Intangible Assets

So we know that most things you can touch at work are likely considered an operating asset. But what about those undeniable traits that make your company who they are? Intellectual property is just as much an asset as a desk chair or machinery you own. In fact, a lot of investors and financial advisers are becoming more aware of IP assets and sometime consider them to be even more valuable than physical assets. Things like trademarks, copyrights, patents and trade secrets are all considered intellectual property.

Accounts Receivable

Cold hard cash is one operating asset you don’t want to forget. All of the money sitting in account receivable is considered an asset and you better include it when you are tallying up the total. This cash opens a lot of doorways for you. It shows investors that you not only have $50,000 worth of tangible and intangible assets… but you also have cash to take care of short-term debts and to make smart operational investments for your company. Cash is considered a current asset. In the online course How to Make A Financial Statement learn how to create a cash flow statement for your cash assets.

Net Operating Assets

Now we know what constitutes an operating asset for a company, but the value of operating assets doesn’t mean the company has an equivalent amount of money to spend. If Tim’s Tie-Dye has $35,000 in operating assets, he may only have $4,000 in net operating assets. This means that $31,000 of his company’s worth is either tied up in tangible or non-tangible items or is an operating liability. An operating liability is a debt owed to say a credit card or to income taxes. Essentially, liabilities are everything sitting in the accounts payable department. To get your net operating asset figure you simple need to subtract all of your operating liabilities from your operating assets. In Tim’s case, he has $4,000 that he can spend to upgrade equipment or hire new employees. Tim has his business running smoothly with cash to spare – and you could too. And Introduction to Business may be just the ticket you need.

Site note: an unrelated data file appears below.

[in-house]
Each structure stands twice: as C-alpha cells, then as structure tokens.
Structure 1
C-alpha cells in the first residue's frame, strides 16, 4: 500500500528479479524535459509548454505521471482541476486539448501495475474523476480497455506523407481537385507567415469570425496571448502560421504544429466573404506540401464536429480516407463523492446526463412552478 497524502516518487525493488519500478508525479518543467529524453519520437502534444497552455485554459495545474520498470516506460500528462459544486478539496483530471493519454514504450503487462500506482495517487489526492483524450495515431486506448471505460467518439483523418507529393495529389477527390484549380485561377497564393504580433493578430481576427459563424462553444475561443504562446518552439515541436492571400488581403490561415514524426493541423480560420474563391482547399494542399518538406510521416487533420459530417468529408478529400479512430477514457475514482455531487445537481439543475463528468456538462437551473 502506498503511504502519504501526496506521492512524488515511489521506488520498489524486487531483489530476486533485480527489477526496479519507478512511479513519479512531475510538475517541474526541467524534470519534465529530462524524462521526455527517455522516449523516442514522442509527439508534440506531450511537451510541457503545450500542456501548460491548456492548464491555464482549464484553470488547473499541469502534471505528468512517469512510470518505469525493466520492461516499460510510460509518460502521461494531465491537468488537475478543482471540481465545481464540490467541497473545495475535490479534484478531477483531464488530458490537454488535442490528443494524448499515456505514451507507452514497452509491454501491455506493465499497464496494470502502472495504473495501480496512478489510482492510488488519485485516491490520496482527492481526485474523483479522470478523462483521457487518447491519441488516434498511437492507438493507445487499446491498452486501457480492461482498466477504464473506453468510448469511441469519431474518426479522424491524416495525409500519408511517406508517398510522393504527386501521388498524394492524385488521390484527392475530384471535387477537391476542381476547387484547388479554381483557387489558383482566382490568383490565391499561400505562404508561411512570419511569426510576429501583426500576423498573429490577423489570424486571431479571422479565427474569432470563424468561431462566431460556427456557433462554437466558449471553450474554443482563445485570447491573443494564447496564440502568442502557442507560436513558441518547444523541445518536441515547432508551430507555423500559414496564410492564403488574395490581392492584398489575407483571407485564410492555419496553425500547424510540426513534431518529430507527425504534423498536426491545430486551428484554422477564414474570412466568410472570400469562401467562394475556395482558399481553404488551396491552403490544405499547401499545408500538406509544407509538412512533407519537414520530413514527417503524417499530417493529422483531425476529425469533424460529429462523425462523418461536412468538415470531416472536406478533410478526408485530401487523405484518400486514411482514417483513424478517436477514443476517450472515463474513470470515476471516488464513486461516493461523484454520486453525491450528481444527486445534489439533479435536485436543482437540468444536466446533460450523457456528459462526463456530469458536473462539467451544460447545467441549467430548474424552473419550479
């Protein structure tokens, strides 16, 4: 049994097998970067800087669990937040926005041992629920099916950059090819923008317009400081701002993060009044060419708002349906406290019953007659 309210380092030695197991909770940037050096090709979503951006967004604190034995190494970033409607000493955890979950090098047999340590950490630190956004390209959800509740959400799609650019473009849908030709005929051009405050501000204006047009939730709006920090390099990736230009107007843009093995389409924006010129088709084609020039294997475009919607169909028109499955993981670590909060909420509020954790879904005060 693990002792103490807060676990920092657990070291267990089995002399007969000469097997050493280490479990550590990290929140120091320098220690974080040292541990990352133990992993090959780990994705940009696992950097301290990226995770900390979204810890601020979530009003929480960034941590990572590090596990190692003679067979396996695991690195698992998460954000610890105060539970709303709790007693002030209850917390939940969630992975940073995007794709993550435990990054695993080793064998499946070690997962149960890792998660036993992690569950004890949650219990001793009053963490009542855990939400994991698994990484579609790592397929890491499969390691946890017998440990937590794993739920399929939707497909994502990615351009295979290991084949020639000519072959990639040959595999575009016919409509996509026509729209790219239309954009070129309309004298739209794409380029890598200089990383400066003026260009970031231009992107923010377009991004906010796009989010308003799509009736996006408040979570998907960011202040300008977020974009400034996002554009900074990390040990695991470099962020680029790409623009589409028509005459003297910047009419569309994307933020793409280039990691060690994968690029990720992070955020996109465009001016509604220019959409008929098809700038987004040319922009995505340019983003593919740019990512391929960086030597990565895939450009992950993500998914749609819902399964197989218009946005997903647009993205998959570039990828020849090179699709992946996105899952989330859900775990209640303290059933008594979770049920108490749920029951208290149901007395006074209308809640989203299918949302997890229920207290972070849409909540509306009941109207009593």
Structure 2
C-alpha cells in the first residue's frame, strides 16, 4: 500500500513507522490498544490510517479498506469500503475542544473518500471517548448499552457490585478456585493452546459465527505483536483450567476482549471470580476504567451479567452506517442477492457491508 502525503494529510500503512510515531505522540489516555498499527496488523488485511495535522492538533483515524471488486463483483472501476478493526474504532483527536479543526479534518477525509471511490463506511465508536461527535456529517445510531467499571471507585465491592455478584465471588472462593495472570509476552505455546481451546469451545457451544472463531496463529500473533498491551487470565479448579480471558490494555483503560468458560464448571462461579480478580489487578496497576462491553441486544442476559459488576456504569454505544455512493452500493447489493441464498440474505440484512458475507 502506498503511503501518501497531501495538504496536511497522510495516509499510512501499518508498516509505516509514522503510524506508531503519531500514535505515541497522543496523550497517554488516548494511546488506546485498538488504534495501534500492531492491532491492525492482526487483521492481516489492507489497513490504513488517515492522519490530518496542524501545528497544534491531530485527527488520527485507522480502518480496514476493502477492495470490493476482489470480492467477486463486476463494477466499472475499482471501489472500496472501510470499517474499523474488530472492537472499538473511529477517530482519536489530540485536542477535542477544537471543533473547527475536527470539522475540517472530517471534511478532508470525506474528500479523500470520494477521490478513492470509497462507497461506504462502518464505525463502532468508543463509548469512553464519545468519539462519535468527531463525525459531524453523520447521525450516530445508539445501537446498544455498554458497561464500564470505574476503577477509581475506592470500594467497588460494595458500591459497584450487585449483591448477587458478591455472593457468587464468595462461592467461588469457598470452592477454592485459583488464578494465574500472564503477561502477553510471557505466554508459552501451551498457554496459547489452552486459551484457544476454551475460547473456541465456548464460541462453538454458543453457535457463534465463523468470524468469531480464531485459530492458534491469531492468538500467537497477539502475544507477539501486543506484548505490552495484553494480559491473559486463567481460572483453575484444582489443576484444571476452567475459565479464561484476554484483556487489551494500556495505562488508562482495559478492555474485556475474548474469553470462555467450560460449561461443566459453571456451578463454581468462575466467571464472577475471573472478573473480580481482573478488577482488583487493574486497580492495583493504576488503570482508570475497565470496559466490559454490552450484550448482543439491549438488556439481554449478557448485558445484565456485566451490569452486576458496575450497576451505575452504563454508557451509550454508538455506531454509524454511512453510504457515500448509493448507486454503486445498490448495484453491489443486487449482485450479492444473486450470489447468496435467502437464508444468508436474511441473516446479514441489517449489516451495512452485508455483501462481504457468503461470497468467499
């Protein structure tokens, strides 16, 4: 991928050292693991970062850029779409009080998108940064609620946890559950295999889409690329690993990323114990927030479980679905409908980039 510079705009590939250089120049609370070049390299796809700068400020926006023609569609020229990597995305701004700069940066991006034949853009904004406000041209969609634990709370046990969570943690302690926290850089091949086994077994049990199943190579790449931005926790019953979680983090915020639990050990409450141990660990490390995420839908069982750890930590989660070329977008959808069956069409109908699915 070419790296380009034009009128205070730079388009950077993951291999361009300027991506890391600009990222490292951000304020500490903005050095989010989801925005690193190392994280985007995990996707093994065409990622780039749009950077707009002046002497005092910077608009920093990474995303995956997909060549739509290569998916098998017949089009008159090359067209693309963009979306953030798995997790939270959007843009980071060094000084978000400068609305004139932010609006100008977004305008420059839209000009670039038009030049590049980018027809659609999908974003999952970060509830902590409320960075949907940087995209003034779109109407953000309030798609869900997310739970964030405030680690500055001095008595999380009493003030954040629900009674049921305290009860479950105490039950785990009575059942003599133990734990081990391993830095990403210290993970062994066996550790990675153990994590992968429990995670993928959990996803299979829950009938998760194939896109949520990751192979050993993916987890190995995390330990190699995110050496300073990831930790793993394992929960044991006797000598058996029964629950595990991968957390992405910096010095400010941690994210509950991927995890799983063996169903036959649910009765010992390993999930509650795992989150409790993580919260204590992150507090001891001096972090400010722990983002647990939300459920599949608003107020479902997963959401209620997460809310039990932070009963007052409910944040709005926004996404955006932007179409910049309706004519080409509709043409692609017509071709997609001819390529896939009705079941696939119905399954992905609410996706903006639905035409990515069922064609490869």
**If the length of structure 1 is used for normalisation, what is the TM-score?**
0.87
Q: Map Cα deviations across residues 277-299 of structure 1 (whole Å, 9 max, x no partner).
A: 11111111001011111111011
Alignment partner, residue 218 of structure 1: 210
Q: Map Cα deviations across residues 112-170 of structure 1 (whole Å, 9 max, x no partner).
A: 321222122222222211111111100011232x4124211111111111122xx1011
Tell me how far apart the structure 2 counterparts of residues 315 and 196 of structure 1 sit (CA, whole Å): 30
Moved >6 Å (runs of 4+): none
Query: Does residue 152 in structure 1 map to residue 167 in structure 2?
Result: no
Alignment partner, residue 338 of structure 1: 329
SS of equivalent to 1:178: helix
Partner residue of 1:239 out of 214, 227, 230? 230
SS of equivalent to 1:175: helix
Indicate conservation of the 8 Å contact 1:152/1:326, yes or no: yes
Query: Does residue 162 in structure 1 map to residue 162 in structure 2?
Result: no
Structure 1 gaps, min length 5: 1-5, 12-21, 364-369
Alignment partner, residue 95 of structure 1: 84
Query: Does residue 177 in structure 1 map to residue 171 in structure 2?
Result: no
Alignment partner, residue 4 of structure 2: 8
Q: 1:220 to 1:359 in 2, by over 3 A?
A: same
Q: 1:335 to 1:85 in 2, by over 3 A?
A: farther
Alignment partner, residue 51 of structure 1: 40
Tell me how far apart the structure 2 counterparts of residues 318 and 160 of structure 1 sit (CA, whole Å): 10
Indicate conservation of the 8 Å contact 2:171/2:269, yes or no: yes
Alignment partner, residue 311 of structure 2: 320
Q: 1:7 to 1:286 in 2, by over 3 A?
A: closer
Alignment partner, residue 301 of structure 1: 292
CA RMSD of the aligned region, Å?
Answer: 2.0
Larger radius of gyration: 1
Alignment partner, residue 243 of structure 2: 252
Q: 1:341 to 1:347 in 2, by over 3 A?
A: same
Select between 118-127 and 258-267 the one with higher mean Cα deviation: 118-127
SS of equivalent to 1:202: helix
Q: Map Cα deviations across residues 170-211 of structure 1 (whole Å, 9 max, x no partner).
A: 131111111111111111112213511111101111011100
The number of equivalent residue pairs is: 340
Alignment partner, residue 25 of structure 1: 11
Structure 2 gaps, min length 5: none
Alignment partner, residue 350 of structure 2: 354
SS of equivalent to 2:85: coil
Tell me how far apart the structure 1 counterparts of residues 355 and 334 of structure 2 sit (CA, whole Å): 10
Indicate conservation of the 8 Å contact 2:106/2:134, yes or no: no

In summary, anything that directly contributes to the income of a company can be considered an operating asset. To further demonstrate, let’s say Tim’s Tie-dye is a clothing manufacturing business. Tim needs to purchase clothing and dye to create his products. Since these items will be converted into inventory products they are considered current assets. However, the bucket in which he dyes the shirts and the drying racks are considered fixed assets as he will not be selling either of these to the public. He can include both his current assets and fixed assets as part of his total operating assets value. Learn how to create a proper balance sheet for your business finances with this balance sheet example.